Thursday, August 20, 2009

Twelfth Night's Up and Running!

So yes, since I last wrote we've completed dress and tech rehearsals and opened on Saturday. Have to say, the show is a heck of a lot of fun, and we are getting excellent word of mouth.

It's been a very quick rehearsal process, but it is becoming the norm (at least with Canadian theatre). What's more when everyone is able to open a show after only two and a half weeks with full set and costumes, and actors who know what they are doing, I guess it just proves that it can be done. Should it be done? I dunno, I know the actors feel a bit like they just got things together last minute, the crew too . . . but with the lack of financial support for the arts here in this country, it's tough really to give more. Can't blame the producers who have been fantastic, or the sponsors, who are responsible for the show existing in the first place. Maybe I'll just blame the government, it's easy to do. Done and done.

Anyway, this wasn't meant to turn into a rant about poor funding for the arts in Canada (though as both an author and actress, I can say it is rather the issue), but more info on the rehearsal process and some more pics.

The rehearsal process is, as I already said, very quick. My last post ended with us having stumbled through the entire show after just one week. The second week was devoted to fine tuning, to truly getting into the meaning of each scene, adding some awesome business and comic moments, and as an actor just trying to understand what the heck your character is up to.

About halfway through week two we moved into the theatre, which is a converted Bank in downtown Barrie. The stage is a decent size, the playing space surrounded on three sides by audience. It is great getting as much time to work the show in the space itself, and has been a great advantage.

Just before our dress, the producer brought in a fight director to watch a couple of our fights (this play has minimal fight choreography, a few punches really and that's it). This is for two reasons - one: fight directors can help make even the simplest of fights look awesome, two: fight directors help keep the fights safe.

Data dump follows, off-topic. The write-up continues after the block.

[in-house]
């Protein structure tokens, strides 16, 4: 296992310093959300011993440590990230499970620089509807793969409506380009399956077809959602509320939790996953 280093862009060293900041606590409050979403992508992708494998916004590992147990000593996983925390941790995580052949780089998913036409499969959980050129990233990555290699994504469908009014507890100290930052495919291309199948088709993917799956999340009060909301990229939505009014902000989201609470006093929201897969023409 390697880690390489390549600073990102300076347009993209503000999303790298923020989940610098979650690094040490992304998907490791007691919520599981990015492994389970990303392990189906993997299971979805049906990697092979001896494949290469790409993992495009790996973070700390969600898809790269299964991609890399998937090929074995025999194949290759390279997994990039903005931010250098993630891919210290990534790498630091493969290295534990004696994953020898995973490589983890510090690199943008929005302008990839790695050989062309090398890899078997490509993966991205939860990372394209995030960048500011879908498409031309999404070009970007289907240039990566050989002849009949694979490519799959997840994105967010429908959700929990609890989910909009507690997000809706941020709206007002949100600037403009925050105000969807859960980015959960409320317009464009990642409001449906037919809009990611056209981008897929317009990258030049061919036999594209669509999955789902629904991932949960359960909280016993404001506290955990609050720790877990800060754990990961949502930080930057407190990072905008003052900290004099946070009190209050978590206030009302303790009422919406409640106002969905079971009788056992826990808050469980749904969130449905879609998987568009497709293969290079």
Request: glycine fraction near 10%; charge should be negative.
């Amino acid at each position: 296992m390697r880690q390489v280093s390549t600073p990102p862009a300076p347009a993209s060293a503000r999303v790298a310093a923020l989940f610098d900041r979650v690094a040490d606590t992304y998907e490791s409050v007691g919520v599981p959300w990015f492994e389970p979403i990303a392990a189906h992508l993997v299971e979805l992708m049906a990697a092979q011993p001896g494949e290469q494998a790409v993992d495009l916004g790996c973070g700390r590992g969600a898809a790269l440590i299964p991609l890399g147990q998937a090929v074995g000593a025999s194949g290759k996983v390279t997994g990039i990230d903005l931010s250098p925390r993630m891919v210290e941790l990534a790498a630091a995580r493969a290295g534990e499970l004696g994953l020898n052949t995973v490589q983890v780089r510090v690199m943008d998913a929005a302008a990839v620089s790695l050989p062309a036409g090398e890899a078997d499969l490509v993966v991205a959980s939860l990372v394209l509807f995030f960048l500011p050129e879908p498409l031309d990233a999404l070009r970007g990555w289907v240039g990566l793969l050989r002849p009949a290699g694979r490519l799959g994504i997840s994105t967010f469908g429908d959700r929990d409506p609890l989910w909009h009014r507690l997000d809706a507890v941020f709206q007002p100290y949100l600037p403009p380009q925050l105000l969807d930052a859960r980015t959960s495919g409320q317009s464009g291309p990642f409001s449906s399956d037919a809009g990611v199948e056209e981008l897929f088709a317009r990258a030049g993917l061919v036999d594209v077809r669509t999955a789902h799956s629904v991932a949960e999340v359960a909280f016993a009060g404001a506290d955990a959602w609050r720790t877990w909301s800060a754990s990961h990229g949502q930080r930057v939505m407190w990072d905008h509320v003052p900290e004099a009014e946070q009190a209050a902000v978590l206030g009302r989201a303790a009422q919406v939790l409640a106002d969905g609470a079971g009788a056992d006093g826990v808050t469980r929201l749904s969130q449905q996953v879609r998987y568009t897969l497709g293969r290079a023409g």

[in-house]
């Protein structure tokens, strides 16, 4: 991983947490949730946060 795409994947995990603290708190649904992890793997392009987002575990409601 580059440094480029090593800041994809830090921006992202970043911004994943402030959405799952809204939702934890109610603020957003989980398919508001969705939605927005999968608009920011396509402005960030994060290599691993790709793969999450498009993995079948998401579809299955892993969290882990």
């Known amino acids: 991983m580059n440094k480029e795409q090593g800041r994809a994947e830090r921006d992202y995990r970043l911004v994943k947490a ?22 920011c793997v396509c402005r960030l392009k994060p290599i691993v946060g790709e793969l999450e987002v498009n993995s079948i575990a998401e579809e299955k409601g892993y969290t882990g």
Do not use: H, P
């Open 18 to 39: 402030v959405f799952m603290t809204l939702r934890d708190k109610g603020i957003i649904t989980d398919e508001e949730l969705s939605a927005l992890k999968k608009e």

We had two previews before we officially opened, which was great as well. Previews are kind of like dress rehearsals except they are open to the public so you get to perform in front of people and get a sense of what is working and what isn't. Not every show is afforded such a luxury. Then we opened to a very supportive audience (many family members and people involved with the theatre company).

And now we are open. And now things become a bit more relaxed. The days are free, as we perform nights mostly (though we did have two matinees this week). What do actors do during the day then? Well many enjoy the gym (though I did something to my knee so not me unfortunately). Many also enjoy the beach. Almost the entire cast went to see District 9 on Tuesday (which was rather awesome and I highly recommend) - and we popped into the Chapters on the way home so I could sign some books - ah the convergence of the Actress and Author, a magical thing to behold.

And we play poker. Well, we've only played twice, but there seem to be quite a few people here who enjoy it. Now it isn't for a lot of money, and personally once I am out I never buy in again - I can't really afford to. But it's fun, and people act silly, which I always approve of.

Before I post pics here is some info on the show for those of you who might be interested:

Twelfth Night - Theatre by the Bay

Remaining Dates for the Show

Thursday 20th - 8pm
Friday 21st - 8pm
Saturday 22nd - 8pm

Monday 24th - 8pm
Tuesday 25th - 8pm
Wednesday 26th - 2pm/8pm
Thursday 27th - 8pm
Friday 28th - 8pm

And now, some pics!

Sarah Sherman taking pictures with her iphone.

Jody Stevens - yup those actors and cameras - so natural . . .

Waterfront downtown Barrie.

Gazebo on waterfront.

At the beach - I'm on the phone . . . not sure exactly to whom.